August, 2006

The Value of MRI
Magnetic Resonance Imaging (MRI) is among the safest and most valuable procedures in all of medicine. Over 24.2 million MRI procedures were performed in the United States in 2003 (Prochaska, 2005), many of them to diagnose and evaluate injury, tumor growth, structural abnormalities and various disease processes.

MRI has several advantages over X-ray and computerized tomography (CT). Cross-sectional views can be taken from any angle, while CTs can view from only one direction at a time. By using different scanning parameters, MRI operators can highlight different aspects of the tissues they investigate, yielding more complete information.

Problems with MRI
Because patients must remain still in the tight space of the MRI scanner for up to two hours or more, MRIs frequently create anxiety and panic. This can cause significant harm to patients and greatly increasing costs. Five to ten percent of patients undergoing MRI experience severe claustrophobia or panic attacks, and 30% report milder distress (Melendez and McCrank, 1993).

Severe anxiety can require the procedure to be canceled and rescheduled, increasing costs and delaying medical evaluation (Koechling, Spevack, et al, 1996; Quirk, Letendre, et al, 1989a). Over 14% of patients require sedation to complete the examination, adding new costs and risks to the procedure (Murphy and Brunberg, 1997).

Many patients report that their MRI continued for several months after the exam (McIsaac, 1996; Quirk, Letendre, et al, 1989a). Patient anxiety can lead to patient movement during the test, leading to poor quality images (Melendez and McCrank; Thompson and Coppens, 1994).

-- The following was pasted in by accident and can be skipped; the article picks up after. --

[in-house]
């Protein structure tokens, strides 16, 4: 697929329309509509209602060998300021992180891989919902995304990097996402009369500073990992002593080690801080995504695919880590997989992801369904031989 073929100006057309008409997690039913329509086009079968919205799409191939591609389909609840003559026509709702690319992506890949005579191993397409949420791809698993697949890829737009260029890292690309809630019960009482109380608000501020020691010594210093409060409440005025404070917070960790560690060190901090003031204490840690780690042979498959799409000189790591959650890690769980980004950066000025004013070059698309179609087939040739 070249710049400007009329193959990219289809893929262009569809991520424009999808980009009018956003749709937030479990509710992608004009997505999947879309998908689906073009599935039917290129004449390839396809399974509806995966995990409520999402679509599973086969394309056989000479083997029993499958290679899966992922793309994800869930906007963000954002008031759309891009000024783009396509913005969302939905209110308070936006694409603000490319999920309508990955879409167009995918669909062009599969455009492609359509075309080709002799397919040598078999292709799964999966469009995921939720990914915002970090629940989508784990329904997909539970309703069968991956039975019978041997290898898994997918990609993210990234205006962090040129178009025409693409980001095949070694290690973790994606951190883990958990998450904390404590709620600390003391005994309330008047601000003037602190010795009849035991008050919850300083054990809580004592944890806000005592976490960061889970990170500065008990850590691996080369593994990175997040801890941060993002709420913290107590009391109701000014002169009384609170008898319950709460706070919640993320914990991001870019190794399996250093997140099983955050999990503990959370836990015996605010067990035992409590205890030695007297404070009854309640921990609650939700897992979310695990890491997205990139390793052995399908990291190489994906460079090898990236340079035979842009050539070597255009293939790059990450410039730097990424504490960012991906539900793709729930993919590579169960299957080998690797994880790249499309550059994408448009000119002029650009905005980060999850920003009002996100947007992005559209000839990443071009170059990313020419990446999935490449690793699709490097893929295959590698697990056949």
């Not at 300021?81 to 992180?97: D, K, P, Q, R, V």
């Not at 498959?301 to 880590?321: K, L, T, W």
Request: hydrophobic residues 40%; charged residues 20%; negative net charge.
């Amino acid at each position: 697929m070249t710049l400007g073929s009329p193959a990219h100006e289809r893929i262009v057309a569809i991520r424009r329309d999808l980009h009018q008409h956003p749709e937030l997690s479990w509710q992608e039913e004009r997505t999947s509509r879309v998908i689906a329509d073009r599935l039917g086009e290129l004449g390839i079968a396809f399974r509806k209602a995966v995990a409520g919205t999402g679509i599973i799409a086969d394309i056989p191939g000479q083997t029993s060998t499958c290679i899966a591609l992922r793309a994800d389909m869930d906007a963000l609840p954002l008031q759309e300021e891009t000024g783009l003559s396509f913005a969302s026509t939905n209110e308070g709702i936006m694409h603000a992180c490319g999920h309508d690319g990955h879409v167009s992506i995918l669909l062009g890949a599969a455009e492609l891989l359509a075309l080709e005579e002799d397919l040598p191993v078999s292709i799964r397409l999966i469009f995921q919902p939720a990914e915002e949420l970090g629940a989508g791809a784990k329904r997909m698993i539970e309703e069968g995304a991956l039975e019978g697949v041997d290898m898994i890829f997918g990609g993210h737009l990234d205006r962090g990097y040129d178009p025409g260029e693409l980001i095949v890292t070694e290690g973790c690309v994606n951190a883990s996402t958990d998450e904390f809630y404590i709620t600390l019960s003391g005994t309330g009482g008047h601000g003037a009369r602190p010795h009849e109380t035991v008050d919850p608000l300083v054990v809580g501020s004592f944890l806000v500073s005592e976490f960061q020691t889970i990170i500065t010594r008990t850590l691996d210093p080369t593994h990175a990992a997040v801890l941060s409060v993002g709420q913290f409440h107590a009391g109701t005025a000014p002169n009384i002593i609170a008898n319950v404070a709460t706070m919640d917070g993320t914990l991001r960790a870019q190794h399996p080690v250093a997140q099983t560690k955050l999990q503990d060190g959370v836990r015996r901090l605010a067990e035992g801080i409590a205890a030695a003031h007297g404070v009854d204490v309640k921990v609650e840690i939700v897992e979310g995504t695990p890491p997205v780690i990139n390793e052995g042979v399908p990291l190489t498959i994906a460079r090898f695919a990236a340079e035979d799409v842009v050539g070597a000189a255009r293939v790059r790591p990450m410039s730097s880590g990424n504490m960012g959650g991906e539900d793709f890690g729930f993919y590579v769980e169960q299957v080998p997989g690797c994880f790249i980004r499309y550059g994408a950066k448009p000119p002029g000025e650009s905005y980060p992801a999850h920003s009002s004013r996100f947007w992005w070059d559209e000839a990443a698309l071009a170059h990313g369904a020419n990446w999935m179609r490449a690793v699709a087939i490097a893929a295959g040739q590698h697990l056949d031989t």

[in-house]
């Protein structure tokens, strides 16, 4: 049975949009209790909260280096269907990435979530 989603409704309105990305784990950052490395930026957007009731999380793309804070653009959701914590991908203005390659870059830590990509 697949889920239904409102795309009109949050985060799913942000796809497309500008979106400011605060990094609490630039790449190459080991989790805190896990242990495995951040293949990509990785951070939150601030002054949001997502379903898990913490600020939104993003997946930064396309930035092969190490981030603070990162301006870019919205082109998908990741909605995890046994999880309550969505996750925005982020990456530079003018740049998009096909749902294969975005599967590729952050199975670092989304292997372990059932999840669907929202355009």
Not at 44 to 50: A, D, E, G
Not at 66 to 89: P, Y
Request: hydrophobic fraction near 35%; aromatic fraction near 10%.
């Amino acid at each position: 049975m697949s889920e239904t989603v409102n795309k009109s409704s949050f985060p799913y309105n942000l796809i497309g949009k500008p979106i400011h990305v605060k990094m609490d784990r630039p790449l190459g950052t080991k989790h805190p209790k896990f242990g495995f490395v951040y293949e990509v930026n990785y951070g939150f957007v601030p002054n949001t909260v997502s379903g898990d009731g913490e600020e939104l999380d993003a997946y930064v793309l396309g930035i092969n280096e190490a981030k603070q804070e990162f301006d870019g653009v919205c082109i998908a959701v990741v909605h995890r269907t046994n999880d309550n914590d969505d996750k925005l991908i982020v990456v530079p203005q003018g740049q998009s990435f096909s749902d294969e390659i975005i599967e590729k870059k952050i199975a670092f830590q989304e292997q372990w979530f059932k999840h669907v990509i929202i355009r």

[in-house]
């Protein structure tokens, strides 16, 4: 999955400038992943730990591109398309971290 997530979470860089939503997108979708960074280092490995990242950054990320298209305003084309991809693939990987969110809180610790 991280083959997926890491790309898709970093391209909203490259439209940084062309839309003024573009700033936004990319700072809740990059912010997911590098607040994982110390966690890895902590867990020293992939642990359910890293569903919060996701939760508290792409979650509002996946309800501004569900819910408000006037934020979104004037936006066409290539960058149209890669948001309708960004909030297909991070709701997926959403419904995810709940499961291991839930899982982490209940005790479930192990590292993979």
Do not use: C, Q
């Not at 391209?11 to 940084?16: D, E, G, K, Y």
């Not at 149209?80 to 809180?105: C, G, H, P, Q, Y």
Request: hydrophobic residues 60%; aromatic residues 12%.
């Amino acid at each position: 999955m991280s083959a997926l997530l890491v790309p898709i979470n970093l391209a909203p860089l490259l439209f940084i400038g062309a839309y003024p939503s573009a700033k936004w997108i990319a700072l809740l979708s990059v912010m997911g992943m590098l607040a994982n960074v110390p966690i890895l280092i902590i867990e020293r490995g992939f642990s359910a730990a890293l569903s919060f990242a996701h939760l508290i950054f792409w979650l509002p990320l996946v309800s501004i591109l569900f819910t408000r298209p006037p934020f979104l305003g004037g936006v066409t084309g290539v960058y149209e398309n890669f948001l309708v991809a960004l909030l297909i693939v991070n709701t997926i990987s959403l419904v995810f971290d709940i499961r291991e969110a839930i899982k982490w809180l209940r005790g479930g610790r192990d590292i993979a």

The Role of Relaxation and Imagery
Many studies have shown that relaxation with guided imagery or hypnosis can reduce patient anxiety and movement, even in children (Smart, 1997), increase patient tolerance of and satisfaction with the procedure, and reduce need for sedation in MRI (Friday and Kubal, 1990; Lukins, Davan, and Drummond, 1997; Quirk, Letendre, et al, 1989b; Smart; Thompson and Coppens, 1994).

Similar benefits have been found in other medical procedures (Cataldo, 1996; Lang, Joyce, et al, 1996). Reduced sedation decreases complications and cuts the need for expensive monitoring, as well as allowing patients and caregivers a more rapid return to their daily lives (Cataldo, 1996). Increased satisfaction improves willingness to have future procedures, if necessary.

Guided imagery can reduce patient anxiety and movement during MRI, improving quality of images. The use of guided imagery can save money by reducing need for sedation and/or cancellation of procedures, and increase patient satisfaction with the procedure.

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